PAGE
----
Perhaps the most remarkable aspect of the Washington Bullets' domination of their playoffs series with San Antonio is that they've won despite an unnerving slump by one of their key players, Mitch Kupchak.

Kupchak has yet to play one of his typical, reckless games against the Spurs, yet Washignton still can wrap up the best-of-seven series tonight with a victory here (8:30, WDCA-TV-20).

"I keep thinking where we will be if Mitch catches fire," said Bullet Coach Dick Motta, whose team holds a 3-1 advantage in games. "It's pretty impressive that we've done this much without him."

Motta readily admits that if someone had told him Kupchak would average only eight points and shoot just 37 percent (compared to 15.9 points and 51 percent in the regular season) through the first four games, he would not have liked his club's chances.

"Mitch had to be one of the important players going into this series," said Motta. "With him, we have so much front-court flexibility, especially at center. He gives San Antonio a lot of matchup problems."

However, the Bullets, who entered the series as decisive underdogs, have wound up controlling things so much that the Spurs abandoned their usual run-and-gun tactics in game three Sunday for a hesitant, pattern offense.

The Bullets think the Spurs are running scared and, in the process, are becoming confused. They hope the result will be a fourth straight victory tonight and an end to the series.

A good performance from Kupchak would improve Washington's odds. So far the Bullets have been getting a superior effort at center from 10-year veteran Wes Unseld, but Motta would pefer to use Unseld less than the 41 minutes he playes Sunday, while increasing Kupchak's time to more than the 15 minutes he put in that game.

"I feel good and we are winning, and that's really all that matters," said Kupchak, who has scored only 15 points, and just one Sunday, the last three contests. "If we were losing and I was in a slump, 'I'd be down about it, 'cause I'd feel I was the reason.

"I think about how I'm playing, but I'm not upset about it. I'm just not scoring well. But Bobby (Dandridge) and Elvin (Hayes) are doing so well, I don't have to score as much."

Kupchak said he is just as aggressive and as intense as ever, and that he has not toned down his play since getting into a fight with the New York Knicks' Lonnie Shelton in a game March 30. Both were elected and later fined $1,500 by NBA Commissioenr Lawrence O'Briwn.

"The fight doesn't bother me," Kupchak said with some hestitation. "That's behind me, I've got to think about the future."

Kupchak was upset at the time because, although he plays aggressively, he is not a fighter and didn't think he had done anything to provoke Shelton.

In the regular-season games after the scuffle, he gave no evidence his style had been affected. He was probably the most efficient Bullet during the streak when the team played poorly.

But the playoffs have been another story.He scored 15 points in the second game against Atlanta, and 18 in the opener against San Antonio, both times starting for Dandridge. But he seemed nervous and overanxious even in those contests, and Motta now fears he is trying too hard.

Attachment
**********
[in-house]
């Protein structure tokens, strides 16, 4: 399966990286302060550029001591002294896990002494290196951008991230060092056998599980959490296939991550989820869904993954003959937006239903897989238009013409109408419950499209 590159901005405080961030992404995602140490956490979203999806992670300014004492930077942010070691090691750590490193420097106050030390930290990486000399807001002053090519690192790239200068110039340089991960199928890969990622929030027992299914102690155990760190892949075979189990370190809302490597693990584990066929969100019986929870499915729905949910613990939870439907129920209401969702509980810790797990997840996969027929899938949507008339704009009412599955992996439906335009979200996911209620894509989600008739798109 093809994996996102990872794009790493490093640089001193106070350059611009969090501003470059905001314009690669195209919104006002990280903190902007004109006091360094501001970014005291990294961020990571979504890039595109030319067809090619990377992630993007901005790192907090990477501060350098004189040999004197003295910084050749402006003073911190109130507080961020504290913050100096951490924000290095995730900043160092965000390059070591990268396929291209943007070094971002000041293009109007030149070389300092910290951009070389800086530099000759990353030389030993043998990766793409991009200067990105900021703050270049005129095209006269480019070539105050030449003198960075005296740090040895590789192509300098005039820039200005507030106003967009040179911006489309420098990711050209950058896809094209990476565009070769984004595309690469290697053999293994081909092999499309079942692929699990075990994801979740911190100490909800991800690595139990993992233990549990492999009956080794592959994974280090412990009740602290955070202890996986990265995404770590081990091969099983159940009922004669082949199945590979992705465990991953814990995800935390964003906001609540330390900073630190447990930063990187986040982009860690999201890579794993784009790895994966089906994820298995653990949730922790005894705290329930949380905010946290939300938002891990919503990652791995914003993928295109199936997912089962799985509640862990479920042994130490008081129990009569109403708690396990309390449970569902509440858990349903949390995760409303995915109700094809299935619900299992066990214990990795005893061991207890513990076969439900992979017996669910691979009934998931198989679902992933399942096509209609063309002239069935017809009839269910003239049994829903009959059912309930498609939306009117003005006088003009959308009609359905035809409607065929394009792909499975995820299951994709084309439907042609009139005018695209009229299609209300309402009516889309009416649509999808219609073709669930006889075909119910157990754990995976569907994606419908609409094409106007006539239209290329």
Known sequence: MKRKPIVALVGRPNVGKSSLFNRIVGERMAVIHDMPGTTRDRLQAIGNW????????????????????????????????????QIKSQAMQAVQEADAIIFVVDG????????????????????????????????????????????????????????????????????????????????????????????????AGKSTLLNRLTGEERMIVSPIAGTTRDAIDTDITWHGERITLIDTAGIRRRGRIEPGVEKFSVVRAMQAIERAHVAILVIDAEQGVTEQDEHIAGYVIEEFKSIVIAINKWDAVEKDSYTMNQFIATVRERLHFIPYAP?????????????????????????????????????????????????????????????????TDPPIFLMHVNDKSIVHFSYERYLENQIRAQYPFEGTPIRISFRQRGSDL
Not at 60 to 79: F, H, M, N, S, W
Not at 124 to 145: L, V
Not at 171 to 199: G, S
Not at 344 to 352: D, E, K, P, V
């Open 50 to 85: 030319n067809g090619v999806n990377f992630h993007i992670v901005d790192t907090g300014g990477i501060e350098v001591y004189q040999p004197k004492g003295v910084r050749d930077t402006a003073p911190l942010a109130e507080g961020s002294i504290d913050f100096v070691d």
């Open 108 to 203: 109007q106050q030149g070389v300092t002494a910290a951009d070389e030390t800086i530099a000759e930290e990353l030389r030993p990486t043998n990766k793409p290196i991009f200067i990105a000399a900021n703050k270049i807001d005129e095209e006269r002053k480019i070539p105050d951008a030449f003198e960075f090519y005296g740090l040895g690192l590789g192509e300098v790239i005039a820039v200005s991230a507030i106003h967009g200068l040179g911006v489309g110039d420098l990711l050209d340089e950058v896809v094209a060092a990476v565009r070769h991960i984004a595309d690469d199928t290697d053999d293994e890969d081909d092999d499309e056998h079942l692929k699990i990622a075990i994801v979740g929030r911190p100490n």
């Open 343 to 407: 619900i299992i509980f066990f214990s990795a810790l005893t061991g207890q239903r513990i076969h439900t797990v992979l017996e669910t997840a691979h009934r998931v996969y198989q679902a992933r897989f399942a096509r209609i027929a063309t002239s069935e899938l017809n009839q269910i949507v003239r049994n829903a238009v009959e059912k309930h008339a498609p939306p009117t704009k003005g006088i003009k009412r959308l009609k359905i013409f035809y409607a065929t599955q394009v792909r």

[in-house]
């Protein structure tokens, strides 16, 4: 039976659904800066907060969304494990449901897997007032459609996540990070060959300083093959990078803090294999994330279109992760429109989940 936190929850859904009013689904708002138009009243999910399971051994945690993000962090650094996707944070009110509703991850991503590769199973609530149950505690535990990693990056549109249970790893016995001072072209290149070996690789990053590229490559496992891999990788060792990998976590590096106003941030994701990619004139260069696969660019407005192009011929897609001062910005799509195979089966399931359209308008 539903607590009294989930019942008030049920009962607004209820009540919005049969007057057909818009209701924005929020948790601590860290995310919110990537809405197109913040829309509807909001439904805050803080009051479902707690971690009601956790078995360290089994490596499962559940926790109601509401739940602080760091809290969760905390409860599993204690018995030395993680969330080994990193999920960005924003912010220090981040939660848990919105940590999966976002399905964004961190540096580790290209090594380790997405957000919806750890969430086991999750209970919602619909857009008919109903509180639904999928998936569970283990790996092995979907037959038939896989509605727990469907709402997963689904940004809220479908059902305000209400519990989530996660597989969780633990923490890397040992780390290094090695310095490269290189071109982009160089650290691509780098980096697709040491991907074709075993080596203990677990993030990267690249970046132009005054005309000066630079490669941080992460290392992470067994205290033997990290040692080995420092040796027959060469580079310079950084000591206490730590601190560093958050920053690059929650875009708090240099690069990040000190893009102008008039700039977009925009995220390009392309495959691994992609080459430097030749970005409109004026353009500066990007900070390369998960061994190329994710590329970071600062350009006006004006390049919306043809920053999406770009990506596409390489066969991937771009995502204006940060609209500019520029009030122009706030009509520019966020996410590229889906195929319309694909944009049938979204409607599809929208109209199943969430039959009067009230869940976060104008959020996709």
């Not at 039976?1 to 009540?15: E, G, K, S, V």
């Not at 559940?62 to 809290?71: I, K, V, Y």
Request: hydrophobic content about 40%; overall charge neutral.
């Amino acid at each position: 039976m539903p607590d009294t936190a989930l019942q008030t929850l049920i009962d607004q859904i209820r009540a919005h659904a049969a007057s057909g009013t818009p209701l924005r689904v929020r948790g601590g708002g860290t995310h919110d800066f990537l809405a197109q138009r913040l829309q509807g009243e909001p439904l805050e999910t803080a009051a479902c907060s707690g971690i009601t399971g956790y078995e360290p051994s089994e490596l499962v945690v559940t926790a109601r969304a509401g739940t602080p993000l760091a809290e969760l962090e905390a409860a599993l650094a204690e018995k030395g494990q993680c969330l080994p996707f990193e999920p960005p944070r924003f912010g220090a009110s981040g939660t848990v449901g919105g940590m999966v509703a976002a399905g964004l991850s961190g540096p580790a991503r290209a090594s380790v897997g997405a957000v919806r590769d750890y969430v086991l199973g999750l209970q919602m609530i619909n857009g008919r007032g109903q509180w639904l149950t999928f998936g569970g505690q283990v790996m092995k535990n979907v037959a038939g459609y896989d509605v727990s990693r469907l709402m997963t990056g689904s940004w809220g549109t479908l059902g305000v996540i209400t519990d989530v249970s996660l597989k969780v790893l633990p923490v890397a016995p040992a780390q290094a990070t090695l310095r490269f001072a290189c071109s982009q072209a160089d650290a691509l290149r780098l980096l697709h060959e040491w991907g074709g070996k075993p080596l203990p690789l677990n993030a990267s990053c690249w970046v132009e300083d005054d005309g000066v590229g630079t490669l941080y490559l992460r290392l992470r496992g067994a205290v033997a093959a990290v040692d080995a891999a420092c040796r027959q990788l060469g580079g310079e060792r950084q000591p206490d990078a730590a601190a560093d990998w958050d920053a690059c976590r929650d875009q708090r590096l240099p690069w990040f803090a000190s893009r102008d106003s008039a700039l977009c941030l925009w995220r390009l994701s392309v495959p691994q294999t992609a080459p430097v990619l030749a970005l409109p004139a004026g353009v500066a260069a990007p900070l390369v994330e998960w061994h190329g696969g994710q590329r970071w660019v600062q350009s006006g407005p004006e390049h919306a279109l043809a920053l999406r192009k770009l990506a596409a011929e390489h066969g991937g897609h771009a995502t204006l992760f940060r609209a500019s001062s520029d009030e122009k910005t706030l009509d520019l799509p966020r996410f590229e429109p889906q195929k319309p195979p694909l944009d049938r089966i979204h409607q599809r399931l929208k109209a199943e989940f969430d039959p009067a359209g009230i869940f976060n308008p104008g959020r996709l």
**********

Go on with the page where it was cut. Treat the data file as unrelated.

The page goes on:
"When Mitch isn't playing well, he will push himself, almost as a punishment," said the coach. "He's really rough on himself and he shouldn't be."

Entering the quarterfinals, Motta figured he would be able to use Kupchak to stop any attempts San Antonio might make to lay off Unself and double-team Hayes. Motta would rush in Kupchak and force San Antonio to play a more honest defense.

But even without Kupchak scoring, the Spurs have been burned double-teaming. Both Hayes and Dandridge have been passing to open teammates instead of forcing shots and Dandridge, especially, has been finding Unseld free under the basket for open layups.

"(Billy) Paultz is turning his back on me," said Unseld "more than he is really double-teaming. I'm just going to the basket and Dandridge is doing a great job of finding me.

"That's the difference between now and when people have left me before. Dandridge is looking for me. But I'm sure San Antonio will adjust."

Kupchak doesn't think so.

"If you leave only one guy on Elvin, it's almost an automatic two points," he said. "We have to make a good pass to get the ball to Wes or me. I think they'd rather take a chance on that pass."

Unseld has been getting so many layups that his playoff average has risen to 13.2, five points more than in the regular season. He is shooting 63 percent (compared to 42 percent before) and is tied with Tom Henderson fort he team lead in assists with 20.

Eight of those assists came in game three, mostly off passes from the high post, so in game four Paultz was more aggressive and tried to deny Unseld the ball up high. But that allowed Unseld to roll more easily tothe basket, and prevented as much double-teaming by the Spurs underneath.

In what may be the last playoff of his career, Unseld also has emerged as a major factor in the Bullets' surprisingly consistent running game.

"In Elvin and Wes, we have two great rebounders who can get the break going," said Motta. "We are one of the new teams who have been blessed that way and now we are taking advantage of it. We should be able to run with them in the lineup."